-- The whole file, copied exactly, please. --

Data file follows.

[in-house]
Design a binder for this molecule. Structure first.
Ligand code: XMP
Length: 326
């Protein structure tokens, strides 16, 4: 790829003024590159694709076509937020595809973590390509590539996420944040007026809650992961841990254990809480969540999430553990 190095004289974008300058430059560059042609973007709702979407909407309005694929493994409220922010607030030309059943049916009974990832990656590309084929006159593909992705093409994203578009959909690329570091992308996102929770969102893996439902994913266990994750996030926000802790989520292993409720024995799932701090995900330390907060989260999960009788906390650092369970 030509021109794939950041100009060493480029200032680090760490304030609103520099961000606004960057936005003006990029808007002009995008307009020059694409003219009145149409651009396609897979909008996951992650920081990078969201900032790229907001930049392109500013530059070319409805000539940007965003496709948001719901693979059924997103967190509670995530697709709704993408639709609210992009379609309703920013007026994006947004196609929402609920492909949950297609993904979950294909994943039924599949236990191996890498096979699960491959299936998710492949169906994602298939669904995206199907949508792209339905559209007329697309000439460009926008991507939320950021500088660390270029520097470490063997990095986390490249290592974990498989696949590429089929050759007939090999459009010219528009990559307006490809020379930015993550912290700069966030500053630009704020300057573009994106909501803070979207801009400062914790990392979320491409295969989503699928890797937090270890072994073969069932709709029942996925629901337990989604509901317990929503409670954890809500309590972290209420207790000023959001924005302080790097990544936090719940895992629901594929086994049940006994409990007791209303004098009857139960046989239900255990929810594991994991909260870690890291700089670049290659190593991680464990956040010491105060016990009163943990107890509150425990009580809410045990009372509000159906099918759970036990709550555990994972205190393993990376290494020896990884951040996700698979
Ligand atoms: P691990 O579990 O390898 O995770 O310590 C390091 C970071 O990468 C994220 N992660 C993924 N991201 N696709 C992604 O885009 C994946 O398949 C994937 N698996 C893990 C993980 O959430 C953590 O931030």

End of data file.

[in-house]
Design a binder for this molecule. Structure first.
Ligand code: XMP
Length: 326
């Protein structure tokens, strides 16, 4: 790829003024590159694709076509937020595809973590390509590539996420944040007026809650992961841990254990809480969540999430553990 190095004289974008300058430059560059042609973007709702979407909407309005694929493994409220922010607030030309059943049916009974990832990656590309084929006159593909992705093409994203578009959909690329570091992308996102929770969102893996439902994913266990994750996030926000802790989520292993409720024995799932701090995900330390907060989260999960009788906390650092369970 030509021109794939950041100009060493480029200032680090760490304030609103520099961000606004960057936005003006990029808007002009995008307009020059694409003219009145149409651009396609897979909008996951992650920081990078969201900032790229907001930049392109500013530059070319409805000539940007965003496709948001719901693979059924997103967190509670995530697709709704993408639709609210992009379609309703920013007026994006947004196609929402609920492909949950297609993904979950294909994943039924599949236990191996890498096979699960491959299936998710492949169906994602298939669904995206199907949508792209339905559209007329697309000439460009926008991507939320950021500088660390270029520097470490063997990095986390490249290592974990498989696949590429089929050759007939090999459009010219528009990559307006490809020379930015993550912290700069966030500053630009704020300057573009994106909501803070979207801009400062914790990392979320491409295969989503699928890797937090270890072994073969069932709709029942996925629901337990989604509901317990929503409670954890809500309590972290209420207790000023959001924005302080790097990544936090719940895992629901594929086994049940006994409990007791209303004098009857139960046989239900255990929810594991994991909260870690890291700089670049290659190593991680464990956040010491105060016990009163943990107890509150425990009580809410045990009372509000159906099918759970036990709550555990994972205190393993990376290494020896990884951040996700698979
Ligand atoms: P691990 O579990 O390898 O995770 O310590 C390091 C970071 O990468 C994220 N992660 C993924 N991201 N696709 C992604 O885009 C994946 O398949 C994937 N698996 C893990 C993980 O959430 C953590 O931030």